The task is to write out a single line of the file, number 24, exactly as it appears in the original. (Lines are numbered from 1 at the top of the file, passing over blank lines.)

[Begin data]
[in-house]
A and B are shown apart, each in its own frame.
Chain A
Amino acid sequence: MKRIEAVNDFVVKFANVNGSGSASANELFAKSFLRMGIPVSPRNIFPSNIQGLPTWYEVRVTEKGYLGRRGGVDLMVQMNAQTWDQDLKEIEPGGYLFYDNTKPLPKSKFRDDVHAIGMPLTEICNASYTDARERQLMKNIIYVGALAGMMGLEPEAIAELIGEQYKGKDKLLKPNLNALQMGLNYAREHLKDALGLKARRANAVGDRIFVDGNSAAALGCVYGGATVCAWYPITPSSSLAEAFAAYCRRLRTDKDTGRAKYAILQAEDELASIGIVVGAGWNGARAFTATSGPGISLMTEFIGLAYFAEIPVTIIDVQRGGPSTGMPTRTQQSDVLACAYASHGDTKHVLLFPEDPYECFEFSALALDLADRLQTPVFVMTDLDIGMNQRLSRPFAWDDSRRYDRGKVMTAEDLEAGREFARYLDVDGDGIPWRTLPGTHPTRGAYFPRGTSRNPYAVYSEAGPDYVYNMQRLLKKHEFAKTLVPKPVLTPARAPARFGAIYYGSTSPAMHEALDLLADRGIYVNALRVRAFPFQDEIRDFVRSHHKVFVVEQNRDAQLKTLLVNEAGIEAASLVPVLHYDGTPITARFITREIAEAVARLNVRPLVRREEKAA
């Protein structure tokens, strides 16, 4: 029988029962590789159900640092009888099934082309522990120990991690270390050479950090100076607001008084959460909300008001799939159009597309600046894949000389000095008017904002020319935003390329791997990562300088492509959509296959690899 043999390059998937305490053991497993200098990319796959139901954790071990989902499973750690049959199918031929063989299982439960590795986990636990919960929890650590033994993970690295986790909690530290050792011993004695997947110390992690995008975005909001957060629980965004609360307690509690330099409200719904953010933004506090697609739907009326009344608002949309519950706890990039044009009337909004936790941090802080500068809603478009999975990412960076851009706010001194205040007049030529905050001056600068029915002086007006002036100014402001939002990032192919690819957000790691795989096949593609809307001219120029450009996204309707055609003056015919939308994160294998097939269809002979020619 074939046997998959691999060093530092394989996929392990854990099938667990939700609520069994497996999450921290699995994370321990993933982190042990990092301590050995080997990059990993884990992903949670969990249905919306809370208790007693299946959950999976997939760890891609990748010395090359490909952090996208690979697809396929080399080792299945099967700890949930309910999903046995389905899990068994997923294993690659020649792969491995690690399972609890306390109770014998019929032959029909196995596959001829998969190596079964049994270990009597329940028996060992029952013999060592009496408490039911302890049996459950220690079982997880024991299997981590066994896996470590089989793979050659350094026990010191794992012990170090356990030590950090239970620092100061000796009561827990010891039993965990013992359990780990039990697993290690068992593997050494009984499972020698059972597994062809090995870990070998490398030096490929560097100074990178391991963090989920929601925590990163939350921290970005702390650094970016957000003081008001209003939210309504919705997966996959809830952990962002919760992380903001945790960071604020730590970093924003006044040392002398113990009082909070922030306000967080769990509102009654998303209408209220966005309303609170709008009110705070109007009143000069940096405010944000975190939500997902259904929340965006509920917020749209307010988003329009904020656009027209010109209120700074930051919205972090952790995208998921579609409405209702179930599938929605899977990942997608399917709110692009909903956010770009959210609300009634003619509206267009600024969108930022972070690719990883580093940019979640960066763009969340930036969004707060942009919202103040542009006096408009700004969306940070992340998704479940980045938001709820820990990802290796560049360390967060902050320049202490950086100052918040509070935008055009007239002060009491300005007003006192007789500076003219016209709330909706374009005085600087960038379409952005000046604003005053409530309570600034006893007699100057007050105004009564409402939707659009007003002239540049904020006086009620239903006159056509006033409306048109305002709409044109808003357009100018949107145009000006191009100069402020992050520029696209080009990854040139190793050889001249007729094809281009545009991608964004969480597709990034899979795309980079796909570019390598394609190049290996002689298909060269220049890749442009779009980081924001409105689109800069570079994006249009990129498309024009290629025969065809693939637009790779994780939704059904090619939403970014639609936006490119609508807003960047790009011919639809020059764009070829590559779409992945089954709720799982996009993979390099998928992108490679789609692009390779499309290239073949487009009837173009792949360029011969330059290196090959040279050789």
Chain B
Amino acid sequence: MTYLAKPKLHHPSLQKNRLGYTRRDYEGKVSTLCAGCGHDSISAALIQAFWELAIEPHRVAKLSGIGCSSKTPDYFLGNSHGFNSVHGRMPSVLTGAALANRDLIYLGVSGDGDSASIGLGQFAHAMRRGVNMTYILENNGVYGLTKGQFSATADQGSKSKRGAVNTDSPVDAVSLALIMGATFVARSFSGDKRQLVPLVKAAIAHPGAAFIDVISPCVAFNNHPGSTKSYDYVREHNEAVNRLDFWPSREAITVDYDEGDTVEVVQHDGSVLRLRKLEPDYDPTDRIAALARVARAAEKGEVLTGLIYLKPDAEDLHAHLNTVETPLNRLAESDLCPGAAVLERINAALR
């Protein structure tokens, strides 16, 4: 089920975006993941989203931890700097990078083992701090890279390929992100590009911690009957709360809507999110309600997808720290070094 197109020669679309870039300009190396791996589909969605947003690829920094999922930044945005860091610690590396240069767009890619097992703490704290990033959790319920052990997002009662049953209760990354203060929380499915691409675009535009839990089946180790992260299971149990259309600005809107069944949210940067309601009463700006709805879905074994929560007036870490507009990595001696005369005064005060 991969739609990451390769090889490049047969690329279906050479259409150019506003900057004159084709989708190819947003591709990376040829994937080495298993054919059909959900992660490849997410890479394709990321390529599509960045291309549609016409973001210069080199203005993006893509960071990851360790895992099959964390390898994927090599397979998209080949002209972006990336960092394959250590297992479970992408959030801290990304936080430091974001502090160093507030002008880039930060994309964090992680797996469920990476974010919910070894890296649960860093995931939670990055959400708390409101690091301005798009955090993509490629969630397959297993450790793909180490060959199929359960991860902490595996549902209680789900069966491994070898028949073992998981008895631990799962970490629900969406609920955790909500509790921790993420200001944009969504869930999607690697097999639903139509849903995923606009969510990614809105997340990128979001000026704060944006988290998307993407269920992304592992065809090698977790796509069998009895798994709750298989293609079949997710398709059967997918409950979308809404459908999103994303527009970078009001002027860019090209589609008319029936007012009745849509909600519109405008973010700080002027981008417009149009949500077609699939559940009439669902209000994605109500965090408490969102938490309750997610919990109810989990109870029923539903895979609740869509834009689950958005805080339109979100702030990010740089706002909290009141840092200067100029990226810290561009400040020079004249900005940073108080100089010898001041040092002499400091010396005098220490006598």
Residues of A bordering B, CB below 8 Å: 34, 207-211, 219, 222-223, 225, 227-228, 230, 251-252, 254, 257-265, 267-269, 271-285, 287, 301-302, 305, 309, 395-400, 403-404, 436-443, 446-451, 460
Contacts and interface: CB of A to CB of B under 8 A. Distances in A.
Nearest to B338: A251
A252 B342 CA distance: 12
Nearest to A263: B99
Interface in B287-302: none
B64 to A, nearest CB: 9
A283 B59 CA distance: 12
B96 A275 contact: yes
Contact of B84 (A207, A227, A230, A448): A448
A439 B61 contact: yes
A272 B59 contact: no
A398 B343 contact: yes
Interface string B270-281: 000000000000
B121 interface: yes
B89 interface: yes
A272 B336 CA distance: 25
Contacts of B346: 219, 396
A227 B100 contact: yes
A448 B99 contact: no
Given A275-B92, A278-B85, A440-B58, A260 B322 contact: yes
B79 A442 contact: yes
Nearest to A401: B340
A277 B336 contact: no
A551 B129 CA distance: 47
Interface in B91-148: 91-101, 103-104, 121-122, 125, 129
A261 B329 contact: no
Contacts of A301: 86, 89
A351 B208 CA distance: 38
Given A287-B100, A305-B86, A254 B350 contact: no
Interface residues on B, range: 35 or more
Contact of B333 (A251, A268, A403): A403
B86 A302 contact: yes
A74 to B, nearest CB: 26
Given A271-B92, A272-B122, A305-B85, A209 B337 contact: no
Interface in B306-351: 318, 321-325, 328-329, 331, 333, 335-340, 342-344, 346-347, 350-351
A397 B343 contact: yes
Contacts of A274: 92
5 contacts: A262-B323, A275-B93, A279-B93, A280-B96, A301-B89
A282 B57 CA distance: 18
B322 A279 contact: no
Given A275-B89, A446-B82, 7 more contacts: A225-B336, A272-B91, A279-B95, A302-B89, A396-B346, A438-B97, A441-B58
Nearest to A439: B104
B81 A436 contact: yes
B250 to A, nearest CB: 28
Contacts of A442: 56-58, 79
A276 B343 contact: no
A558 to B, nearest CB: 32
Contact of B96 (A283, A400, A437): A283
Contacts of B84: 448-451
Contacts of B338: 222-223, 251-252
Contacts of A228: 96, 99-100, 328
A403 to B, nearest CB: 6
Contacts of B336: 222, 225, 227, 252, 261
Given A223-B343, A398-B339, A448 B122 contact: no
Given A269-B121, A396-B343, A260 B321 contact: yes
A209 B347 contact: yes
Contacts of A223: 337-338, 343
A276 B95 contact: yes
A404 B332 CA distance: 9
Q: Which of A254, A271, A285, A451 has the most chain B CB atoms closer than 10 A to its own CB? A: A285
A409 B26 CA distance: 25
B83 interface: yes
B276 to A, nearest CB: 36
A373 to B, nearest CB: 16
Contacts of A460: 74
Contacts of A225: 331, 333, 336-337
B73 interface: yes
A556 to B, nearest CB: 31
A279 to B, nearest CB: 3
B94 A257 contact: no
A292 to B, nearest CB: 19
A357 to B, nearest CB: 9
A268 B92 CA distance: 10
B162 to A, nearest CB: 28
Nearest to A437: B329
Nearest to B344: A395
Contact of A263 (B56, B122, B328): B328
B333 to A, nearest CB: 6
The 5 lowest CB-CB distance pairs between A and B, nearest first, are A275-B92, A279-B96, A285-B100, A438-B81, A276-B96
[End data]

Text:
B89 interface: yes